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When Driving is about Lifestyle, Car Life Nation is the Answer

When Driving is about Lifestyle, Car Life Nation is the Answer

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Boots, Brats, and Ghost Cars: A Short History of Promotional Vehicles

Promotional campaigns run the gamut from corny to bizarre, but in the end, all that matters is that they make an impression. Minor league sports teams have become masters of the craft with novel one-off events that range from celebrating pop culture touchstones, such as Star Wars or Harry Potter-themed nights, to giving fans a unique––if unpleasant––experience they won’t soon forget. Take Pennsylvania’s Altoona Curve, for example. The Double-A affiliate of MLB’s Pittsburgh Pirates gave fans a baseball experience they won’t soon forget back in 2002 when they launched their annual “Awful Night.” From ballpark employees dressed in odd outfits and bald caps to tone-deaf karaoke, glitchy scoreboards, fake player names, and more, the Curve etched their place in marketing history with the innovative promotion. The pièce de résistance? The first 1,000 fans through the gate received a signed photo of the general manager’s gallbladder, and one lucky visitor got to take home the actual organ.

While they might stop just short of handing out free organs, brands have been using customized cars in their fair share of odd promotions over the years. From rolling wieners to translucent chassis, size 700 boots, and more, these one-off vehicles can be an important part of an automotive ad campaign. While you’re not likely to find any of these models during your search of local car sales, they each represent a unique piece of automotive history. Join us as we take a closer look at three of the most memorable examples of the trend and see how these unique models have allowed brands to hit the road behind the wheel of some of their most iconic products.

Oscar Mayer Wienermobile

We’ll kick off our list with one of the oldest examples of what today’s drivers might describe as an automotive meme: the Oscar Mayer Wienermobile. On the road since 1936, the Wienermobile has seen America’s favorite processed meat tube travel from coast to coast for the past 85 years, spreading the gospel of the hot dog and giving anyone who’s lucky enough to run into it a once-in-a-lifetime photo opp.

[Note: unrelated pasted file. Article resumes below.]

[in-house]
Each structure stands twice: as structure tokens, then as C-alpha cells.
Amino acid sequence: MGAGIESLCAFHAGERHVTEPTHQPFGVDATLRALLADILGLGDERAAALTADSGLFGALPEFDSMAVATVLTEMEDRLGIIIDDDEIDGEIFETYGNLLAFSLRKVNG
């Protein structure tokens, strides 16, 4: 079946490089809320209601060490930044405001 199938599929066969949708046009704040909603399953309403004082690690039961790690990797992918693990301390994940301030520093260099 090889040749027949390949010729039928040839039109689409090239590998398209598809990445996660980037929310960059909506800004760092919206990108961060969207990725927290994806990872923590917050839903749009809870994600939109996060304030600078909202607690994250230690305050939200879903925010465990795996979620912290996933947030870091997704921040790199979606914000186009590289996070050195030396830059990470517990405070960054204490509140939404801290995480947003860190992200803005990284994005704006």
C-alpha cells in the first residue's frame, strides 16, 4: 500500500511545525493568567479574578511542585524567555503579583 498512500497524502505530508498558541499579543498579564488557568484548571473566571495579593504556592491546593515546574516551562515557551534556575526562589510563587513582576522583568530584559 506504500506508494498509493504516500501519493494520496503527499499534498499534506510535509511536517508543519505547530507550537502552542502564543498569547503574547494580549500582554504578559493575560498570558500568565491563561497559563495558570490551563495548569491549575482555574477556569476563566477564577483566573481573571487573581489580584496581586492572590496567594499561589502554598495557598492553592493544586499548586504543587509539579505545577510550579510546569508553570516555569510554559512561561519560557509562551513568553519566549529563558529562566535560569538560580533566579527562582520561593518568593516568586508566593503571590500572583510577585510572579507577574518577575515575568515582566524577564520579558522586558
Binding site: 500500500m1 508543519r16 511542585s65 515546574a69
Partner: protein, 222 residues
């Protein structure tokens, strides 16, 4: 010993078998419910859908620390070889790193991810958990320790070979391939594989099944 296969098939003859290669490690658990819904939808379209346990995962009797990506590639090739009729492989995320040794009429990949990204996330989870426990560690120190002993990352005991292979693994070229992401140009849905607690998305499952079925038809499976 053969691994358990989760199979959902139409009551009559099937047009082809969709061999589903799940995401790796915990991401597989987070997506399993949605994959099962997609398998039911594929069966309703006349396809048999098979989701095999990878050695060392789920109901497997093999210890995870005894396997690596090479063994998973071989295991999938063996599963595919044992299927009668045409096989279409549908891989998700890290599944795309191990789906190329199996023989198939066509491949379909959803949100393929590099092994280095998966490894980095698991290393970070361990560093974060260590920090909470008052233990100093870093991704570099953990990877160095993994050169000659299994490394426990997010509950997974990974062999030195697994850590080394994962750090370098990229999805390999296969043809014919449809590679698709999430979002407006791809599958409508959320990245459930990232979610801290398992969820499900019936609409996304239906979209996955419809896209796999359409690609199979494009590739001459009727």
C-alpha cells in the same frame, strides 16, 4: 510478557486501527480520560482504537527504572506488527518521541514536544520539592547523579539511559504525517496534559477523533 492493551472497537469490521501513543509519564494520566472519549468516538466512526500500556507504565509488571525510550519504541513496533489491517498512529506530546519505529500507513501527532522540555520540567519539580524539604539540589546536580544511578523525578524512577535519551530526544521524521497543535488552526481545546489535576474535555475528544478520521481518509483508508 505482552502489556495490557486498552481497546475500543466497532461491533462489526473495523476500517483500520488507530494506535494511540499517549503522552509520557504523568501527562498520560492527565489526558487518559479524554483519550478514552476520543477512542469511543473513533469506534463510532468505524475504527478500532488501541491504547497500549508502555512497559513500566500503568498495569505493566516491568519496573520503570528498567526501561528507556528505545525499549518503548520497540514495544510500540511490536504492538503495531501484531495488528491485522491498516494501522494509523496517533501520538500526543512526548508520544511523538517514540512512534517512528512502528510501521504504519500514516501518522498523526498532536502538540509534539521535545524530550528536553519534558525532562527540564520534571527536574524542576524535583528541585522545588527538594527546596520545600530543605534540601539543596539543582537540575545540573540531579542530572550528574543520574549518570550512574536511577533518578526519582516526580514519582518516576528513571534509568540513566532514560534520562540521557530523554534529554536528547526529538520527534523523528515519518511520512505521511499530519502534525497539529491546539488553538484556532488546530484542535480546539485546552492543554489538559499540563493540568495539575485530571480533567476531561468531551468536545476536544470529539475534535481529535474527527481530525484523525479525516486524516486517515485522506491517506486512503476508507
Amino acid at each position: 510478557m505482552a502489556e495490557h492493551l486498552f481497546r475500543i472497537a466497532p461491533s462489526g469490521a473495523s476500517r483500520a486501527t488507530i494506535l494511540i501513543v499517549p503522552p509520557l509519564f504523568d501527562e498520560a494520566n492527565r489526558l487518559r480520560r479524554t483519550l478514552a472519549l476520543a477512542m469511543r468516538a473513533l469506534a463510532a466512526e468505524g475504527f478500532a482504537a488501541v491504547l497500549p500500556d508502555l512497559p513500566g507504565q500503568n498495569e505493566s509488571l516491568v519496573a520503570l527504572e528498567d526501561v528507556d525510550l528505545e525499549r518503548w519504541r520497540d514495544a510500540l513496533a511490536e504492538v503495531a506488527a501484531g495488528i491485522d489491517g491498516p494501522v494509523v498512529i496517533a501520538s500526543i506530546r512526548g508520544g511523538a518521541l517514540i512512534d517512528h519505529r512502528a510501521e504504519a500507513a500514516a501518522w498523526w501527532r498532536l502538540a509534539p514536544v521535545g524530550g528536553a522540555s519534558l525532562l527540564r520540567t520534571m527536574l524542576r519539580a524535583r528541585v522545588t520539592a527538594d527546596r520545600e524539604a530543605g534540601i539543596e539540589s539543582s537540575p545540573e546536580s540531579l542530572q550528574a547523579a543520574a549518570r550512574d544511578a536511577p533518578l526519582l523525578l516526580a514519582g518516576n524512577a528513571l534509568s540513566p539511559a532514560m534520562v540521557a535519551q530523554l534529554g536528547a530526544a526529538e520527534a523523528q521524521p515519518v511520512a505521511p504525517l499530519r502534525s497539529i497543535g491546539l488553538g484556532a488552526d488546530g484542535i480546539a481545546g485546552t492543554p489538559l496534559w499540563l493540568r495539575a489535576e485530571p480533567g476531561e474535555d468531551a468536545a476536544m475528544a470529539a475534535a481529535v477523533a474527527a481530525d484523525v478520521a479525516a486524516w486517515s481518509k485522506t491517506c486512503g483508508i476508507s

Built by Carl Mayer, the nephew of the Oscar Mayer founder, the original Wienermobile was a far cry from the giant rolling hot dog we know today. Measuring in at just 13 feet long, the O.G. Wienermobile featured a hatch around the midsection where a driver would poke their head out as they navigated the streets of Chicago. The company would add a glass dome to the Wienermobile in the 1940s, though gas rationing and rising metal prices would see the promotional vehicle scrapped as World War II took hold.

Oscar Mayer revived the Wienermobile in 1952, landing on a design that remains largely unchanged to this day. The 22-foot-long Wienermobile was built on a Dodge truck chassis and was driven by “Little Oscar,” a spokesperson who would visit stores, schools, orphanages, and children’s hospitals and drive the vehicle in local parades and festivals. The hot dog company has continued to refine the Wienermobile over the years, building new versions on a wide range of chassis from a Chevrolet motor home and Willys Jeep to a Ram 1500-series and even a MINI Cooper S Hardtop for a “mini” version in 2008.